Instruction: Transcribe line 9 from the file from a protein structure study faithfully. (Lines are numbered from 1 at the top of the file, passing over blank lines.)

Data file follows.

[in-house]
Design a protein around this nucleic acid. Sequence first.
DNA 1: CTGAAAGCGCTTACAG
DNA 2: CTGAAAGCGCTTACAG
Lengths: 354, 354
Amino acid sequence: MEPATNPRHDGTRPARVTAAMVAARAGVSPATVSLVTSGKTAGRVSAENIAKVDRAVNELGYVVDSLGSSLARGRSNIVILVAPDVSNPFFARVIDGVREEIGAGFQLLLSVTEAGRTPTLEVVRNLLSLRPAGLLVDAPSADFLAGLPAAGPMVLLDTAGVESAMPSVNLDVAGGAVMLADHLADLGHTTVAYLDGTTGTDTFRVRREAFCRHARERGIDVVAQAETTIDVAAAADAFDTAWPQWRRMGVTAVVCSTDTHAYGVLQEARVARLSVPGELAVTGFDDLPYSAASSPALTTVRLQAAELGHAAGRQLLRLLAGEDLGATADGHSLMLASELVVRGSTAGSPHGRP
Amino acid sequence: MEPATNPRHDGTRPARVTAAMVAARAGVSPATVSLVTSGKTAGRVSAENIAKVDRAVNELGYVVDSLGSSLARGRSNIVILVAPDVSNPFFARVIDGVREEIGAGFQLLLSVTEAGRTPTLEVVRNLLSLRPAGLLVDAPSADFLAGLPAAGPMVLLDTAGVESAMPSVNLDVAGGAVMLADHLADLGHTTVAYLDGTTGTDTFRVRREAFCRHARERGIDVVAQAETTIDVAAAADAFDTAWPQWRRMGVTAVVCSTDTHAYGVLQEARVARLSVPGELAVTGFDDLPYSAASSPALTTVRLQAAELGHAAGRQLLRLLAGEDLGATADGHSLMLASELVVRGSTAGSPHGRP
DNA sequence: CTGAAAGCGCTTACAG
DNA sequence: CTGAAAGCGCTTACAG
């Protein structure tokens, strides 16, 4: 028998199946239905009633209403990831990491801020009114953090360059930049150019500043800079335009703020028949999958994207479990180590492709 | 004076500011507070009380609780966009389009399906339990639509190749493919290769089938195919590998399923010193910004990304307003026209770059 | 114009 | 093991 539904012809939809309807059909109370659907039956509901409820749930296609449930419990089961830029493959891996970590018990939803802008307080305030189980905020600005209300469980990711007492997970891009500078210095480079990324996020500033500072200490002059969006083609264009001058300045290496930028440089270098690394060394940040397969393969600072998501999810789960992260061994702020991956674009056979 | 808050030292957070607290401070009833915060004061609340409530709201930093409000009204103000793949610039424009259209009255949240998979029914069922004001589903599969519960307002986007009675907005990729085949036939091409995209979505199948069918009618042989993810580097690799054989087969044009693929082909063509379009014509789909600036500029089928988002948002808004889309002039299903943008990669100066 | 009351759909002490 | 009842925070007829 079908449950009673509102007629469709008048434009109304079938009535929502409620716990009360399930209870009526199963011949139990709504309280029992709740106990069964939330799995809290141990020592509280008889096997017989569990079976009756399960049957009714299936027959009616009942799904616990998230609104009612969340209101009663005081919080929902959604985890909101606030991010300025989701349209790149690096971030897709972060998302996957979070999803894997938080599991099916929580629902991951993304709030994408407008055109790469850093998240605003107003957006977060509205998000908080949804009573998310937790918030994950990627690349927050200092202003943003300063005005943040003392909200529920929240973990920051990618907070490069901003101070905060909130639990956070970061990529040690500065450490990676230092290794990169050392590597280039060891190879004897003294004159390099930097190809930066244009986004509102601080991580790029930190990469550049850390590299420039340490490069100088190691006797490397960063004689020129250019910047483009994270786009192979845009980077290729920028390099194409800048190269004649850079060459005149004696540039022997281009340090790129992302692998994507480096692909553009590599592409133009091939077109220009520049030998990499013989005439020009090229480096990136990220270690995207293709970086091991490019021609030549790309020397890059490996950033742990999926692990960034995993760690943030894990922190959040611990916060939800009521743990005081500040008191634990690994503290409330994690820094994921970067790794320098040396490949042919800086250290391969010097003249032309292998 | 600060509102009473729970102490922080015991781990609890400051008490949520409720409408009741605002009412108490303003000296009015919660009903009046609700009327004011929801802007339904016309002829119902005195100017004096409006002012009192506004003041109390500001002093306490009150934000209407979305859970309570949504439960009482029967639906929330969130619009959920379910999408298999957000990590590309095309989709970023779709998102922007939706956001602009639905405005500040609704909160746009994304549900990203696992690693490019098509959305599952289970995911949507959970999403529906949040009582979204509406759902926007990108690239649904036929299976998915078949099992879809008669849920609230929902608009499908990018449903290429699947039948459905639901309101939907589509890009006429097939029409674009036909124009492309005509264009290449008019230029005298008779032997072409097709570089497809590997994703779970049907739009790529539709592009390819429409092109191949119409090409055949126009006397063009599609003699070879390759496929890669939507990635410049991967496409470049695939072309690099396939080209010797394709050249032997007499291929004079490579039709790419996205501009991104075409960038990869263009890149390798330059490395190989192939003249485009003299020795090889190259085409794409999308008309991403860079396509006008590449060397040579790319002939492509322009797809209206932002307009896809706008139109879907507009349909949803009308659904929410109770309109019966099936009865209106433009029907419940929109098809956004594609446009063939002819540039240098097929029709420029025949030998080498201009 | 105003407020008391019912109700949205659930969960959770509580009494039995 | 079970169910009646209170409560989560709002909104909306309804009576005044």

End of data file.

DNA sequence: CTGAAAGCGCTTACAG